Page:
In addition we have a regular Keyframe dictionary and KeyframeValue dictionary which corresponds to the more complex syntax above. Google would like to get rid of the dictionaries and just keep KeyframeShortcut. That would mean there's no interface for non ECMAScript contexts. It also means iterating over the values of a keyframe returned by the API is somewhat more complex: you have to iterate over the properties of the object and be careful to ignore any 'offset' and 'composite' properties as opposed to simply iterating over the 'values' array.

I'm not sure how much all this matters?

Minutes from 2013-05-21

  • Some concern expressed over complexity of model
    • In particular, the Player concept seems confusing. Possible preference for play/pause directly on animate? Or removing the timeline?
    • Possible interest in identifying a subset for implementation
  • Some issues identified:
    • Need extra hooks into the prioritization of animations to control where, for example, transitions apply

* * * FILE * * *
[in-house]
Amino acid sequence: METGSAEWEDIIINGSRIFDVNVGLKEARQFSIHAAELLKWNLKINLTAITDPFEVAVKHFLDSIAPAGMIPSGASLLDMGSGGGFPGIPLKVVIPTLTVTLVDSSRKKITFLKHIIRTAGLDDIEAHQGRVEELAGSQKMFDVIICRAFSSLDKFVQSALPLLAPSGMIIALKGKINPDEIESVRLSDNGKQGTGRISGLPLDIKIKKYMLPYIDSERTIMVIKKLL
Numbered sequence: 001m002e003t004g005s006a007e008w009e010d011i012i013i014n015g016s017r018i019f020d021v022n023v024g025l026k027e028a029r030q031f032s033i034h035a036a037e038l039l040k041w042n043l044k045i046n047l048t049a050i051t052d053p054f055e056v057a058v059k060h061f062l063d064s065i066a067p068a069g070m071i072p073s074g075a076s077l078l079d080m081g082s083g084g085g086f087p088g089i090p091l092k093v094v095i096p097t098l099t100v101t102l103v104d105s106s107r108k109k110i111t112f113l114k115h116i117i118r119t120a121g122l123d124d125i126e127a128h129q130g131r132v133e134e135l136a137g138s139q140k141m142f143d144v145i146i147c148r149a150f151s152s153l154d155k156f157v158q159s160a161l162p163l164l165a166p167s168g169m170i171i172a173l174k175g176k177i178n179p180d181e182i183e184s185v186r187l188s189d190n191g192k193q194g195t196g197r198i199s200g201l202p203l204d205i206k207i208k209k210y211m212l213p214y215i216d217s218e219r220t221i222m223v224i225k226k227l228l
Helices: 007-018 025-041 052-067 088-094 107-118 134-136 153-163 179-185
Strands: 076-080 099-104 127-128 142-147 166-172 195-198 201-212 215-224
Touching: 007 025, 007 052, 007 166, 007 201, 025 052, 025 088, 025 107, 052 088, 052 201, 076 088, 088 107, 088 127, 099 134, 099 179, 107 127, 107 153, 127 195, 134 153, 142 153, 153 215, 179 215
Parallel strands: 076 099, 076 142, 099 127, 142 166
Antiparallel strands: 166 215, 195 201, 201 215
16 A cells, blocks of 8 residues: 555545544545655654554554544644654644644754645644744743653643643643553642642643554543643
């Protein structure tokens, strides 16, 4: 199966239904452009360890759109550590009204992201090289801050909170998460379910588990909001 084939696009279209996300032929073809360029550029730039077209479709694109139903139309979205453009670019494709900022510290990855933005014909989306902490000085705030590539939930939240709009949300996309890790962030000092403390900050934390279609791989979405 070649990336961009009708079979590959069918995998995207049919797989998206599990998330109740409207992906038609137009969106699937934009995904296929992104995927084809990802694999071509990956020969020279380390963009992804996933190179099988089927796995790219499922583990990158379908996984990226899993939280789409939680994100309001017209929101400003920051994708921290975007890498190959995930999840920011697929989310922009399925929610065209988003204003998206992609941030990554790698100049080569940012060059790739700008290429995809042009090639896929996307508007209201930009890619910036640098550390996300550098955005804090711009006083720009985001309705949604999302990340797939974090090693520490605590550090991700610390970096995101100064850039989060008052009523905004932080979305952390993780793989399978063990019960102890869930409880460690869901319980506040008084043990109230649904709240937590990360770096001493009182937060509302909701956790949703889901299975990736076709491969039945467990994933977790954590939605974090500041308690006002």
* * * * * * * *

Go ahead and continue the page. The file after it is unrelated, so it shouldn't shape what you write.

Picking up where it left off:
• Need means to start animations before document load (CSS Transitions/Animations do this despite wording in early drafts)
    • Need to define what happens when a player refers to the document timeline of one document but its animations refer to elements in another document
    • Not sure if Player.startTime needs to be writeable
  • Brief discussion of listed issues suggests:
    • Issue 2: Some concern over the numbers using in proposed timing function list syntax.
    • Issue 3: play()/playNow() may be ok. Use of Futures seems a bit weird.
    • Issue 5: KeyframeShortcut only is probably fine.

Follow-up meeting: Thurs 2013-05-23 2pm Taipei time (0600 UTC)

Agenda for next meeting:

  • If we were to implement it, how could we approach it?
    • Is there a subset we could focus on? Can we implement without the API? etc. etc.
  • Re-visiting the issues listed above that we haven't yet discussed


Tracking bug: bug 875219

Large pieces:

  • Script API
  • Rework CSS in terms of same base objects
  • Rework SVG in terms of same base objects